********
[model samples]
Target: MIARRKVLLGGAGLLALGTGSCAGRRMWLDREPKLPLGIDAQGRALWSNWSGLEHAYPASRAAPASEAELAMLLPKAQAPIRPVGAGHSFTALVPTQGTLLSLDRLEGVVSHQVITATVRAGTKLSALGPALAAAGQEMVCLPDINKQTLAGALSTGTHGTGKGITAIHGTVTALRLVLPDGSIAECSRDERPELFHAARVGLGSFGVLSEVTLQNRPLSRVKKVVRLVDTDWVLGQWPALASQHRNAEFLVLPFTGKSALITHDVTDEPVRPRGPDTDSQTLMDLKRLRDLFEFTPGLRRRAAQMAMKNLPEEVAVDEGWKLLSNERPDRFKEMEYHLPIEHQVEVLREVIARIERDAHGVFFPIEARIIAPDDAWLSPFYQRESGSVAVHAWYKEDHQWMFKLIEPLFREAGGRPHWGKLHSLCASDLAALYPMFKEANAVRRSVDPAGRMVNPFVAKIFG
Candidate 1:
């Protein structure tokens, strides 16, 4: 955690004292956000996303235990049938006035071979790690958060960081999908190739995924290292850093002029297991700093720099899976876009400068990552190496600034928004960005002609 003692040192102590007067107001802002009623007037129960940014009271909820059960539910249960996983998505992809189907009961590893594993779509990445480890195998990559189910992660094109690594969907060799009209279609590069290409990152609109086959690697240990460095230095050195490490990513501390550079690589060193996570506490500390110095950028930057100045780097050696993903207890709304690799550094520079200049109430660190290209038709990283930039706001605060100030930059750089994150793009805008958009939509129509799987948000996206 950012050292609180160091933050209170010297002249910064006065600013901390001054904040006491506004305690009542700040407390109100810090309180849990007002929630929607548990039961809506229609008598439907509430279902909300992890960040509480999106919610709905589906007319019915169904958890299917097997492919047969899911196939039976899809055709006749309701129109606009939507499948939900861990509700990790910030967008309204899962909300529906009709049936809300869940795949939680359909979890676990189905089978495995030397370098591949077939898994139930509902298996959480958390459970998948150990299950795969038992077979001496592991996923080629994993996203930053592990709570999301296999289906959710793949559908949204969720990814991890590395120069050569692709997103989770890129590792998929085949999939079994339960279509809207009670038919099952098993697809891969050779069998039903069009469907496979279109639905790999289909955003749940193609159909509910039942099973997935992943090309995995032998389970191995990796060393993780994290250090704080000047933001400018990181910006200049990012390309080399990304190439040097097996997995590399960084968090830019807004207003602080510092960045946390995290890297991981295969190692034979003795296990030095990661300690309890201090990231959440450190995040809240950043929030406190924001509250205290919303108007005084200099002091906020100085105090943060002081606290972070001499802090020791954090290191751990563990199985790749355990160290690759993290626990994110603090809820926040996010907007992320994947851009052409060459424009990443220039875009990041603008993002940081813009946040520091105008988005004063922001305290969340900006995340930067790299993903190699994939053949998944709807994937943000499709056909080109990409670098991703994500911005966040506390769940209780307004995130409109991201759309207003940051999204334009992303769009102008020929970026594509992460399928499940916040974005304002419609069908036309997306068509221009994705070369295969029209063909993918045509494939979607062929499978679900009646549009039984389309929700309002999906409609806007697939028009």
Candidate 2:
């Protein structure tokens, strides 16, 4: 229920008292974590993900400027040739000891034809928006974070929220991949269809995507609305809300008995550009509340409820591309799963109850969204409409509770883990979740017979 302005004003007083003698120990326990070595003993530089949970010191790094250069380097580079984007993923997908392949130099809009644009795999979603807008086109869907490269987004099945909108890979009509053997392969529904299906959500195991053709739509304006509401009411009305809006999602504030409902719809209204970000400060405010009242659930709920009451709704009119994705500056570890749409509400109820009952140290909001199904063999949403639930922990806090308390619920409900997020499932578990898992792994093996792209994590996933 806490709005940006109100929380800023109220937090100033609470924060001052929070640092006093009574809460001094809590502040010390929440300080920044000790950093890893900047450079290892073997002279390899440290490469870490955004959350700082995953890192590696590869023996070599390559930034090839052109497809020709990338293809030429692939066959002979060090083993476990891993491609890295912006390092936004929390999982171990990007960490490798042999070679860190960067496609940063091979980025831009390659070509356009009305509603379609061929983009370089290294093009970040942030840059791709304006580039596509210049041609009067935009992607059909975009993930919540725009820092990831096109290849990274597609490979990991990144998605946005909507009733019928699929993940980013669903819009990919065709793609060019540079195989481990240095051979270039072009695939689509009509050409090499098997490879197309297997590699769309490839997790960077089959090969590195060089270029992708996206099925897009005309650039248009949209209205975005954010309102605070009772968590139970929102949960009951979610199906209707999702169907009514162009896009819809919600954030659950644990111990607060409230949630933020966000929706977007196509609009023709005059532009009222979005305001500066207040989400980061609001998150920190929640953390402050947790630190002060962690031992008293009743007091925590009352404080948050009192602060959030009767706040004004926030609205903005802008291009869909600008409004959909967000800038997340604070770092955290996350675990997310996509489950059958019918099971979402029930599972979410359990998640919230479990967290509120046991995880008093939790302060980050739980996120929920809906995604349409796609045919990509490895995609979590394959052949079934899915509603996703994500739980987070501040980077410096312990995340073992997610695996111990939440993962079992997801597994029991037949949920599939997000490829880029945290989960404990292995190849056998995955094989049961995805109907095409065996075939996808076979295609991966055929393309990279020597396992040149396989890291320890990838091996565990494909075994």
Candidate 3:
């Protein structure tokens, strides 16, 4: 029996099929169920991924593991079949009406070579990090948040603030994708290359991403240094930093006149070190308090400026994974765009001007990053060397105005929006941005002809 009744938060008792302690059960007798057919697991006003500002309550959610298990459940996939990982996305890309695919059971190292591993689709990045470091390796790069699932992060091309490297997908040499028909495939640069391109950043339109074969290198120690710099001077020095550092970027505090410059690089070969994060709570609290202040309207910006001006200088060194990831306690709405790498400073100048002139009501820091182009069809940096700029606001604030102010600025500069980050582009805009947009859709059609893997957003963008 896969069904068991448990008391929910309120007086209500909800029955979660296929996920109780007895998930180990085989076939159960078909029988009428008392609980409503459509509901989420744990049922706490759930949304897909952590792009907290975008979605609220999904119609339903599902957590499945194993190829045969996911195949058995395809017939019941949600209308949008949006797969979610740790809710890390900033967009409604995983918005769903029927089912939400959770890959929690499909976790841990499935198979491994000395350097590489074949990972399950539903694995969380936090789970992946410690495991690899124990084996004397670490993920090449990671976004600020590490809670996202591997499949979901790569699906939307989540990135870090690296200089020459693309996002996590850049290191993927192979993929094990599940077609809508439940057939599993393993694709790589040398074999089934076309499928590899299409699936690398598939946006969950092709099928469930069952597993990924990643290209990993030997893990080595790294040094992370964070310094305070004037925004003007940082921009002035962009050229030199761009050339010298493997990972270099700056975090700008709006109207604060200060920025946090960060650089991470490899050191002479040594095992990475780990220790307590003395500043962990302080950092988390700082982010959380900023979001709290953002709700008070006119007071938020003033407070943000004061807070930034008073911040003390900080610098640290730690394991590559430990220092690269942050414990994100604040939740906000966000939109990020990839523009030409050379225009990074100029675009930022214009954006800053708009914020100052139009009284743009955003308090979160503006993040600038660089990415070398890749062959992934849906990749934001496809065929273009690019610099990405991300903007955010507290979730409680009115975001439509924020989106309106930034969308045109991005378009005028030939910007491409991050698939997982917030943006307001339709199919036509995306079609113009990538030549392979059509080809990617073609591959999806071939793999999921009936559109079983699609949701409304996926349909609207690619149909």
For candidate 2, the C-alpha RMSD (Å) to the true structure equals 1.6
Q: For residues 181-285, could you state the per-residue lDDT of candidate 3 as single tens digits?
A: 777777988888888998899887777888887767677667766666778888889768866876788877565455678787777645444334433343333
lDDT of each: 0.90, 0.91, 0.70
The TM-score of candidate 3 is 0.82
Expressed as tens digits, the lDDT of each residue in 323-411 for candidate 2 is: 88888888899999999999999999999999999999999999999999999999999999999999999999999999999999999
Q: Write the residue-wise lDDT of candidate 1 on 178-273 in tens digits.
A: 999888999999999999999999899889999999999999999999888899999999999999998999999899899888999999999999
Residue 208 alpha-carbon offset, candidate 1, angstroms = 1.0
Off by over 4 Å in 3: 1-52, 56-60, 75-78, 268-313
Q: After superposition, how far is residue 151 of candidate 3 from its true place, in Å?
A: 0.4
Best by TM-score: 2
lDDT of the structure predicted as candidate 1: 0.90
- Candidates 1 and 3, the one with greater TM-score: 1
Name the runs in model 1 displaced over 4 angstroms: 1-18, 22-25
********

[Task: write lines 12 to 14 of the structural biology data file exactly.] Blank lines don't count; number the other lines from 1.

lDDT of each: 0.90, 0.91, 0.70
The TM-score of candidate 3 is 0.82
Expressed as tens digits, the lDDT of each residue in 323-411 for candidate 2 is: 88888888899999999999999999999999999999999999999999999999999999999999999999999999999999999